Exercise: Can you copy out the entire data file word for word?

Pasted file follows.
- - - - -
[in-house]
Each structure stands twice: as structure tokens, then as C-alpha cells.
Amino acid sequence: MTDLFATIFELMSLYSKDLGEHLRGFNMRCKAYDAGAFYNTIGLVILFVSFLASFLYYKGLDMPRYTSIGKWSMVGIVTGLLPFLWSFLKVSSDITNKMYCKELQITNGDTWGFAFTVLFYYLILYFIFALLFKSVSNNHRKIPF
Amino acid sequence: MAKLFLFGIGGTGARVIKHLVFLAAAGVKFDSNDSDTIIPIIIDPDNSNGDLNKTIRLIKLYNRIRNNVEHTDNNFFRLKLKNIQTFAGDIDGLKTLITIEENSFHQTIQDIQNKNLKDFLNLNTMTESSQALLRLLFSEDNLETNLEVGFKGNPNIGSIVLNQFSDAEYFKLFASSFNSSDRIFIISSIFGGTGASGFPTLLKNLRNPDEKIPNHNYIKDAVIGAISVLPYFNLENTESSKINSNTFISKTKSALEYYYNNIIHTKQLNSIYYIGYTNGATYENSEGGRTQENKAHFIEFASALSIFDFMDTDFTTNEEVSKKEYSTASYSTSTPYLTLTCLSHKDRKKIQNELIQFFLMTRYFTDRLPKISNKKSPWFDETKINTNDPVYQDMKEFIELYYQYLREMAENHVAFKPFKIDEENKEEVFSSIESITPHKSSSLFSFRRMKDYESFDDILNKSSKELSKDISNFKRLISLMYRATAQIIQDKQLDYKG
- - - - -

[in-house]
Each structure stands twice: as structure tokens, then as C-alpha cells.
Amino acid sequence: MTDLFATIFELMSLYSKDLGEHLRGFNMRCKAYDAGAFYNTIGLVILFVSFLASFLYYKGLDMPRYTSIGKWSMVGIVTGLLPFLWSFLKVSSDITNKMYCKELQITNGDTWGFAFTVLFYYLILYFIFALLFKSVSNNHRKIPF
Amino acid sequence: MAKLFLFGIGGTGARVIKHLVFLAAAGVKFDSNDSDTIIPIIIDPDNSNGDLNKTIRLIKLYNRIRNNVEHTDNNFFRLKLKNIQTFAGDIDGLKTLITIEENSFHQTIQDIQNKNLKDFLNLNTMTESSQALLRLLFSEDNLETNLEVGFKGNPNIGSIVLNQFSDAEYFKLFASSFNSSDRIFIISSIFGGTGASGFPTLLKNLRNPDEKIPNHNYIKDAVIGAISVLPYFNLENTESSKINSNTFISKTKSALEYYYNNIIHTKQLNSIYYIGYTNGATYENSEGGRTQENKAHFIEFASALSIFDFMDTDFTTNEEVSKKEYSTASYSTSTPYLTLTCLSHKDRKKIQNELIQFFLMTRYFTDRLPKISNKKSPWFDETKINTNDPVYQDMKEFIELYYQYLREMAENHVAFKPFKIDEENKEEVFSSIESITPHKSSSLFSFRRMKDYESFDDILNKSSKELSKDISNFKRLISLMYRATAQIIQDKQLDYKG